^ Boab tree jail in Derby, Western Australia


    ^ The old Boab trees are a bit promiscuous and we spotted this one trying to breed with a gum tree

  20. #95
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    Broome Western Australia

    Broome’s a bloody lovely place ... check it out here - .

    You can see on Google Earth that the joint is located on a big tropical bay. The area has been used for yonks to culture pearls, but being the bushman we are, and knowing that we could buy similar things in places like Beihai in China for a tenth of the price, we kept out of the pearl shops and spent most of the time at the local pub trying to get laid. Broome has about 15,000 residents, but lots of tourists from all over the world. Quite a lively little town and reckon I could easily spend a few months or years living there. A few pics of Broome below:


    ^ The lovely Cable Beach in Broome, Western Australia … taken with my trusty mobile phone on my early morning run


    ^ Roebuck Bay in Broome, Western Australia


    ^ Rog the mechanic in his lucky yellow shorts


    ^ Roebuck Bay surf beach


    ^ You might of heard of the mob in Australia that hires budget campers to backpackers. They paint them in all sorts of weird designs and have stuff written on them that could only appeal to the mentality of a rock lifter ... they seem to be everywhere in Aus these days. Anyway, here’s their website should you be interested - Campervan Hire Australia, Camper Van Rentals, Wicked Campers Oz.


    ^ Good thing about these camper vans is that if you hang around long enough there’s a fair chance some hot little number will rock up … here’s a pic of Johnny Longprong going up to say g’day.


    ^ Camel riding seems to be quite popular in Broome … the business attracts all manner of butch women as this photo shows. It is estimated that there are over 500,000 camels in Australia … having initially been brought in with Afghan handlers to help explore the deserts. These days Australia exports the things back to the camel jockey countries to put some genetic diversity back into their racing animals. They don’t cause too much environmental damage but are bloody dangerous if you get too close to them as we were to learn the hard way a few days later.


    ^ The foreshore area on Roebuck Bay beach was a great place to have a few cold beers. This is taken from the local pub.

  21. #96
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    Cape Keraudren Western Australia

    One night in the township of Broome was enough and we were keen to get somewhere a little more remote. A quick check of the map and we put our finger on Cape Keraudren, about 400 km south of Broome, as the perfect overnight stopover. The Cape is located at the end of 80 mile beach and is basically a big croc infested estuary. We had a great afternoon checking out the mangrove lined creeks and were treated to a spectacular sunset over the Indian Ocean. Check out Cape Keraudren on Google Earth by clicking here - .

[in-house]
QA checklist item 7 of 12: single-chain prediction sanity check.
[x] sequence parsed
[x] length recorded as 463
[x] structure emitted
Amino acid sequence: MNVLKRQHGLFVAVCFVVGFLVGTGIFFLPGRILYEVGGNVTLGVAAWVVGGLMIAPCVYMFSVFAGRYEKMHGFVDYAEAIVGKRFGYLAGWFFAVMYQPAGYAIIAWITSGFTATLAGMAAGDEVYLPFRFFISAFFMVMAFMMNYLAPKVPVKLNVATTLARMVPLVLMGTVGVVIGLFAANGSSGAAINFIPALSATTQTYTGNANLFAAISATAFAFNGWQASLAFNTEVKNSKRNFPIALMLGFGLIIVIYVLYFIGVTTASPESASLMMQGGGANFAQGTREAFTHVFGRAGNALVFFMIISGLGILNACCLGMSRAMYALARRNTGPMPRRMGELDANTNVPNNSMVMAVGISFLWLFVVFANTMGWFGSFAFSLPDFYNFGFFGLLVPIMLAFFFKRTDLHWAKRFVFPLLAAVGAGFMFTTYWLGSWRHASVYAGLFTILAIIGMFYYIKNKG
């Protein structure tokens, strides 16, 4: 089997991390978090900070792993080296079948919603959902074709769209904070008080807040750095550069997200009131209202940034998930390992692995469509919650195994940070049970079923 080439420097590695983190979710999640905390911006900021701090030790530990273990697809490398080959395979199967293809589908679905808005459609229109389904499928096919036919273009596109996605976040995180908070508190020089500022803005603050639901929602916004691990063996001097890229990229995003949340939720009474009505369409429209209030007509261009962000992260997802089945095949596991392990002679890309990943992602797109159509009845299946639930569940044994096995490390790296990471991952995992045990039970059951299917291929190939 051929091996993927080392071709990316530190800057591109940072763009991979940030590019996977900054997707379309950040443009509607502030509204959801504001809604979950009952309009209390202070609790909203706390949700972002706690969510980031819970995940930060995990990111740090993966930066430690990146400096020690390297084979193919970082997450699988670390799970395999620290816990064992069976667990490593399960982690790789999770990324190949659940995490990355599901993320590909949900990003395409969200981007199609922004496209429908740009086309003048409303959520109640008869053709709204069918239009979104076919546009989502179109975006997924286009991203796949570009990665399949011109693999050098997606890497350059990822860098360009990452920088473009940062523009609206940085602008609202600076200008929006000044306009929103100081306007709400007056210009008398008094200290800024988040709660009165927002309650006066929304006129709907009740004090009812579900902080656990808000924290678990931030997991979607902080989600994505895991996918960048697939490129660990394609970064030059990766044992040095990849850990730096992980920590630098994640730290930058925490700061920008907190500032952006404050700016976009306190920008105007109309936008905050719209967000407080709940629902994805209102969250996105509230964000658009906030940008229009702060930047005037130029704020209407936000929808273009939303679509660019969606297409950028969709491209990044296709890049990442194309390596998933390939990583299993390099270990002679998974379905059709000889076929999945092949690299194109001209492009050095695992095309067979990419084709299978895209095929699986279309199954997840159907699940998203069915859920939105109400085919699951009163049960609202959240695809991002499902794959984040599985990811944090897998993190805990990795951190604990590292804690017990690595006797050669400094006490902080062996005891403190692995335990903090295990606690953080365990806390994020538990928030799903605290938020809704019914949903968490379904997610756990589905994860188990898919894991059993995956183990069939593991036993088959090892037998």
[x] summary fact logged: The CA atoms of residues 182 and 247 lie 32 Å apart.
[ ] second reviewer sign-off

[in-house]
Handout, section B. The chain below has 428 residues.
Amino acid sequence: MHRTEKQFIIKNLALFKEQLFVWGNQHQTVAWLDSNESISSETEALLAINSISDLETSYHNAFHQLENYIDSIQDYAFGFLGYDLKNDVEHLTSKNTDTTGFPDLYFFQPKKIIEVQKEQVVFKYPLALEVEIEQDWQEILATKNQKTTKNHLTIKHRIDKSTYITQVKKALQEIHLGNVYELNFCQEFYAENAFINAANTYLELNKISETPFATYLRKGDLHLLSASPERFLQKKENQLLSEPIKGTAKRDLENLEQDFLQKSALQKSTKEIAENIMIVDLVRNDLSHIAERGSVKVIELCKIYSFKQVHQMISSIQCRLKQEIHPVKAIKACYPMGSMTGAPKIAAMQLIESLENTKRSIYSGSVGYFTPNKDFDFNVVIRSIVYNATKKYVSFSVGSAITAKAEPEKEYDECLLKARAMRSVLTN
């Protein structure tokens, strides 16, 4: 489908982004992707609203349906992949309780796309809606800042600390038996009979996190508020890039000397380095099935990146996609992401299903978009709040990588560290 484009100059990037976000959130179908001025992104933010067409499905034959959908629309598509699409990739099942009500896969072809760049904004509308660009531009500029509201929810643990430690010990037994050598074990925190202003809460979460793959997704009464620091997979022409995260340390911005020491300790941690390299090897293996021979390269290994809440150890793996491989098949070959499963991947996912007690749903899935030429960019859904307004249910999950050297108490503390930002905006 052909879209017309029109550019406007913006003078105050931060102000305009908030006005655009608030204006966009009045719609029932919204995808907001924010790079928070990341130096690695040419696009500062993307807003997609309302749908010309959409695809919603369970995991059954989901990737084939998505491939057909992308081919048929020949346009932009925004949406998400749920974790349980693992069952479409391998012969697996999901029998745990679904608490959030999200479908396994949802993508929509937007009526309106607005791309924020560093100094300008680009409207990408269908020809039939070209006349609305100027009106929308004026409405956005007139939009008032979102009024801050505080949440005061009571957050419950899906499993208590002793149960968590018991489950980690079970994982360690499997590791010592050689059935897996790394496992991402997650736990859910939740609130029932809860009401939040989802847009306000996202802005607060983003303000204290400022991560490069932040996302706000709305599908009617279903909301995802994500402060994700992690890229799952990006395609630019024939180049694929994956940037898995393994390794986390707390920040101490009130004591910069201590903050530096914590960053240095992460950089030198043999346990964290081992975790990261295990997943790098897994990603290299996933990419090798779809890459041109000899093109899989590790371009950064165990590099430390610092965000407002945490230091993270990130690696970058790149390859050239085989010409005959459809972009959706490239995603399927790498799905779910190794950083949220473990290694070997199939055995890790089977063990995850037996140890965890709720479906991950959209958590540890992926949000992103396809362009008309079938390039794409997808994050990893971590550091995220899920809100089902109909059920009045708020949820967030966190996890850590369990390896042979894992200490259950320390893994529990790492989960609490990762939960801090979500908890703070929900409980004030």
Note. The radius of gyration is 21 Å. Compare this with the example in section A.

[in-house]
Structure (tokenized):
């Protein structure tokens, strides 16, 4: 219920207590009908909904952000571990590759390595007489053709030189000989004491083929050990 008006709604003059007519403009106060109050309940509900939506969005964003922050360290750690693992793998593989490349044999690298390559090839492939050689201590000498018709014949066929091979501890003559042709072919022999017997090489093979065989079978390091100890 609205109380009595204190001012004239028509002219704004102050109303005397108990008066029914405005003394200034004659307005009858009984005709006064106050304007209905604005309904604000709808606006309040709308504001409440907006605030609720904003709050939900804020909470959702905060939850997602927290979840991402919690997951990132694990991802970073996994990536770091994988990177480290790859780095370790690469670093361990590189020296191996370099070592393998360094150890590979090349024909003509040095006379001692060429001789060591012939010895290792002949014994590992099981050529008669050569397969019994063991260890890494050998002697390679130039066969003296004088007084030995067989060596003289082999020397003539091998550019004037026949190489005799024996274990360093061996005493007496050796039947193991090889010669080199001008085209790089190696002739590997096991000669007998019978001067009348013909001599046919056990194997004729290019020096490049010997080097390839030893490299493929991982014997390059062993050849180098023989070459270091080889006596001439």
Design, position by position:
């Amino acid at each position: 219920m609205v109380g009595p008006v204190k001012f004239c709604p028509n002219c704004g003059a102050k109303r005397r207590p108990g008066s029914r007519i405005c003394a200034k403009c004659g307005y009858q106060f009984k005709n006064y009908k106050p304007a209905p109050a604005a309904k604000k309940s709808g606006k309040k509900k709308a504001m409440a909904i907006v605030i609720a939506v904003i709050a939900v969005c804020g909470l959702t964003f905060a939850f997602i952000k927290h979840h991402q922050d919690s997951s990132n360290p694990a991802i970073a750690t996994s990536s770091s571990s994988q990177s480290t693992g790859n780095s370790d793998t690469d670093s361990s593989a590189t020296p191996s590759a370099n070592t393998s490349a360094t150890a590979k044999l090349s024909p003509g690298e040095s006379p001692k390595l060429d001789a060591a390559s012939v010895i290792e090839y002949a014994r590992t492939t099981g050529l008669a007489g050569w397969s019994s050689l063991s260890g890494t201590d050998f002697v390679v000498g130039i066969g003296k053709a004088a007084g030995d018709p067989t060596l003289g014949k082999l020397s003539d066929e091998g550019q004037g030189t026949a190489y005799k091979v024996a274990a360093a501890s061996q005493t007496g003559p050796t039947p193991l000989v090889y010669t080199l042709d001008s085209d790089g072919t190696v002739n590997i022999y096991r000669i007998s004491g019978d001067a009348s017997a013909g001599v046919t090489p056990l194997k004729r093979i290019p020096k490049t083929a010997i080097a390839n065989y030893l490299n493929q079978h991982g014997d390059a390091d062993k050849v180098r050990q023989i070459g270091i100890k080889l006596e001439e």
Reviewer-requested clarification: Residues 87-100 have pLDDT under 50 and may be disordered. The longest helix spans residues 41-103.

On the way there were came across this roadhouse that had recently burnt down. The owners were battling on in a makeshift shop with a few fuel pumps, and as you can see from the sign hadn’t yet lost their sense of humour.


    ^The Sandfire Roadhouse ... recently burnt down in an electical fire


    ^ This bloke was doing the trip on a big trail bike ... this was the temporary shop the poor old chap out there had set up after the fire


    ^ Sign at the old roadhouse ... I guess they got tired of answering the same questions day in day out ... might make a shirt like this in Thai for next trip out "What's your name?" ... "Where do you come from?" ... "Do you want a shag" etc


    ^ Lovely mangrove lined creeks at the Cape ... we spotted quite a few crocs lurking at about 2 or 3 metres


    ^ The tidal range there is about 9 metres ... so at low tide the place don't look so good ... fortunately it was high tide around sunset


    ^ These mud flats went out for kilometres


    ^ Our camp site at Cape Keraudren ... we were a bit "off our faces" at the time


    ^ Sunset from our campsite looking over the estuary and Indian Ocean in the background


    ^ Johhny Longprong and Big Kev ... the bloke on the left is 6'2'' tall ... the bloke on the right is a giant


    ^ Johnny Longprong


    ^ Sunset over Cape Keraudren estuary and Indian Ocean - 2


    ^ Sunset over Cape Keraudren estuary and Indian Ocean - 3
    Last edited by Wayne Kerr; 21-09-2007 at 10:02 PM.

  22. #97

    R.I.P.


    dirtydog's Avatar
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    Do all Australians take their corks off their hats at night

  23. #98
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    fantastic really enjoyed reading this thread .

  24. #99
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    Magnificent photo's. Well done.

    Makes you want to go to Oz for your next hol.!!!!!
    GEOFF
    MooBan

  25. #100
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    yes. I've had a month there already. Cant wait to get back. Will spend more time the next trip. Thanks WK